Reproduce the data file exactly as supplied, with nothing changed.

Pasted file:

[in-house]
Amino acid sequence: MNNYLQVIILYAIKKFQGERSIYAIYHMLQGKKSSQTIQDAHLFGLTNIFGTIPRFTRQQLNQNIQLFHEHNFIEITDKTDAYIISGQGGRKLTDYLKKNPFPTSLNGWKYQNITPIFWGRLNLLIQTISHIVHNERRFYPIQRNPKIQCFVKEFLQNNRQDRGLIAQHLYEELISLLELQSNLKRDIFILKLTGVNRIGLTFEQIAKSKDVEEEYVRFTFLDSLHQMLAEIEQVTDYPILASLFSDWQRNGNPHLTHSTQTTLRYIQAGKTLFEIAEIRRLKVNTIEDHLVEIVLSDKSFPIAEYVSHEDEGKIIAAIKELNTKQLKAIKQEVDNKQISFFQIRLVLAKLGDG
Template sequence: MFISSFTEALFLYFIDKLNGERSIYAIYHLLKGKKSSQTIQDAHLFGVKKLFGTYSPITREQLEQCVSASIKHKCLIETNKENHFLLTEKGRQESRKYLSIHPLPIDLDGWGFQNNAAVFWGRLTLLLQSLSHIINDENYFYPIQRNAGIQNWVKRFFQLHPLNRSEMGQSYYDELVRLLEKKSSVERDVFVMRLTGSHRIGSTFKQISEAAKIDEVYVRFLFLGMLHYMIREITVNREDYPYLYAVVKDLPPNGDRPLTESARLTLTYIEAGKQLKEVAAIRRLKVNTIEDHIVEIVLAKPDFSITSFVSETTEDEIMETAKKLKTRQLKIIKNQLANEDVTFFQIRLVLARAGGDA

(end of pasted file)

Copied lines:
[in-house]
Amino acid sequence: MNNYLQVIILYAIKKFQGERSIYAIYHMLQGKKSSQTIQDAHLFGLTNIFGTIPRFTRQQLNQNIQLFHEHNFIEITDKTDAYIISGQGGRKLTDYLKKNPFPTSLNGWKYQNITPIFWGRLNLLIQTISHIVHNERRFYPIQRNPKIQCFVKEFLQNNRQDRGLIAQHLYEELISLLELQSNLKRDIFILKLTGVNRIGLTFEQIAKSKDVEEEYVRFTFLDSLHQMLAEIEQVTDYPILASLFSDWQRNGNPHLTHSTQTTLRYIQAGKTLFEIAEIRRLKVNTIEDHLVEIVLSDKSFPIAEYVSHEDEGKIIAAIKELNTKQLKAIKQEVDNKQISFFQIRLVLAKLGDG
Template sequence: MFISSFTEALFLYFIDKLNGERSIYAIYHLLKGKKSSQTIQDAHLFGVKKLFGTYSPITREQLEQCVSASIKHKCLIETNKENHFLLTEKGRQESRKYLSIHPLPIDLDGWGFQNNAAVFWGRLTLLLQSLSHIINDENYFYPIQRNAGIQNWVKRFFQLHPLNRSEMGQSYYDELVRLLEKKSSVERDVFVMRLTGSHRIGSTFKQISEAAKIDEVYVRFLFLGMLHYMIREITVNREDYPYLYAVVKDLPPNGDRPLTESARLTLTYIEAGKQLKEVAAIRRLKVNTIEDHIVEIVLAKPDFSITSFVSETTEDEIMETAKKLKTRQLKIIKNQLANEDVTFFQIRLVLARAGGDA